Matt Reeves Says 'Let Me In' Will Be Darker Than 'Twilight'
Let's face it. Director Matt Reeves (Cloverfield) is remaking the spectacular Swedish film Let the Right One, so instead of incessantly griping about it, maybe we should hear him out as MTV talked to him about the difficulties of remaking an established film, the inevitable comparisons to Twilight, and the tone of the impending Let Me In. From the get-go he knows his battle, "There has been a real bull's-eye on the movie, because people had so much love for that [original] film. I share that love, and for me, what was important was to have reverence for the original while at the same time trying to find the way to make it our own."
Even though the original film (and the book that it was based on) are Swedish, the film has been tailored to American audiences (for better or worse). Reeves confirms:
"It's very much an Americanization of the tale that John Ajvide Lindqvist tells. The film touched me. And I read the book, which he also wrote, and it moved me too. It reminded me so much of my own childhood in certain ways. It's so much about that period of preadolescence, that feeling of being a child and of being bullied, the difficulties of growing up. It's such a beautiful coming-of-age story, in addition to being such a terrific genre story. I really wanted to put you, even more so, into the point of view of the boy and understand his childhood as vividly as it comes across in the book."
Well played, sir. Reeves certainly has a handle on the story itself and is smart enough to know that this isn't just another vampire movie in the way that Cloverfield wasn't just another monster movie. Good to hear. But it sounds like the talent in front of the camera is bringing just as much passion to the project as Reeves. The director talks about his young lead actor Kodi Smit-McPhee (The Road) and his vampire counterpart Chloe Moretz (Hit-Girl from the upcoming Kick-Ass):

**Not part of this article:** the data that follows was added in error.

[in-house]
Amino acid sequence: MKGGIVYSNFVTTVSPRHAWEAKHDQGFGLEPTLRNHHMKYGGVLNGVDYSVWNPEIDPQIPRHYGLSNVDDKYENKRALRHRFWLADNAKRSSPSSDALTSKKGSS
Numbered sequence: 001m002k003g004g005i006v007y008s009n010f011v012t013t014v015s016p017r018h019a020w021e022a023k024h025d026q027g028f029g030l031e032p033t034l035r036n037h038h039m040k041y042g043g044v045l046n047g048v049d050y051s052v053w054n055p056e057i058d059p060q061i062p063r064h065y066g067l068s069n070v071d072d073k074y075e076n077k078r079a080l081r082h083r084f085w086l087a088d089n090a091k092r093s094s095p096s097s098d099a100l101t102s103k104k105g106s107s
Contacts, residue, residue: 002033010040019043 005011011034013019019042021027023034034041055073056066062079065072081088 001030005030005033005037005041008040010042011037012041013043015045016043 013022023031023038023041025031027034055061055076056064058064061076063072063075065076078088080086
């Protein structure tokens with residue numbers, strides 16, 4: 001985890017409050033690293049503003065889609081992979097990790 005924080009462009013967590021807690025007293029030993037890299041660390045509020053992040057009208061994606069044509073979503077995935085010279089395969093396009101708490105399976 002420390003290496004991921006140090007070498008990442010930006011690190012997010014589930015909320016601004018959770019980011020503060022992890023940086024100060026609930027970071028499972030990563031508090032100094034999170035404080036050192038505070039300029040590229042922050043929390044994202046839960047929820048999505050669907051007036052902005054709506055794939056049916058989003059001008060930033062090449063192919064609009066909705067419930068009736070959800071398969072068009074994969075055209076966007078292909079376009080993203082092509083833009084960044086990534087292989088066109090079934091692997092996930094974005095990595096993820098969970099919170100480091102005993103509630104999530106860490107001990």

"The idea that we have these two kids is kind of a dream. My God, those are very challenging roles! I thought, 'Gosh, can we find a young actor that would do this?' and then Kodi came in, and I just knew we could make the movie. I was fortunate enough to get to meet Kodi, and he read with me one day, and literally from that very moment, there was no question that there was nobody that could play this role except for him. He is just so authentic and real.
[And] Chloe is just remarkable. She was one of the many people who came in, and I was like, 'Oh, my gosh, she's amazing.' The thing that we always talk about is trying to find the way to not have her … she is a vampire in the story, so what does that mean? How do you play a vampire? The idea is to have her not play a vampire at all but have her play the reality of her life and the difficulty of her life, and that's the way these two lonely souls connect."
All right, two-for-two so far. But how exactly is Reeves dealing with the already tired trend of vampires in pop culture, and drawing a line between his film and the teen angst ridden vampire behemoth that is the Twilight Saga?
"I think that what people respond to in 'Twilight' is the fantasy of it. It's such a grand, romantic fantasy, and in a way, the reason why I think there is room for a film like ours is, though it's a vampire film, it uses it in such a different way. Whereas 'Twilight' is kind of a fantasy, this will be a darker, scarier kind of journey. I think it's really about what sort of emphasis the story takes and how you use the metaphor. The amazing thing about genre films is the way to smuggle in different kinds of themes and things worthy of exploration. I think what so struck me about this story is that what it is exploring is so different and so real."
Although the viewer can get the majority of what Reeves wants his film to embody from the original film, I think it's going to be his cast the truly makes the film an entity unto itself. These two young performers have a lot of charisma and at their age, this kind of screen presences commands attention. And importantly, this is what will make or break this remake, which right now is riding the fine line between being despised by fans of the original and actually succeeding. For now, consider me still cautiously optimistic. Check out the rest of the interview with Reeves over at MTV. Does this change your attitude on the remake?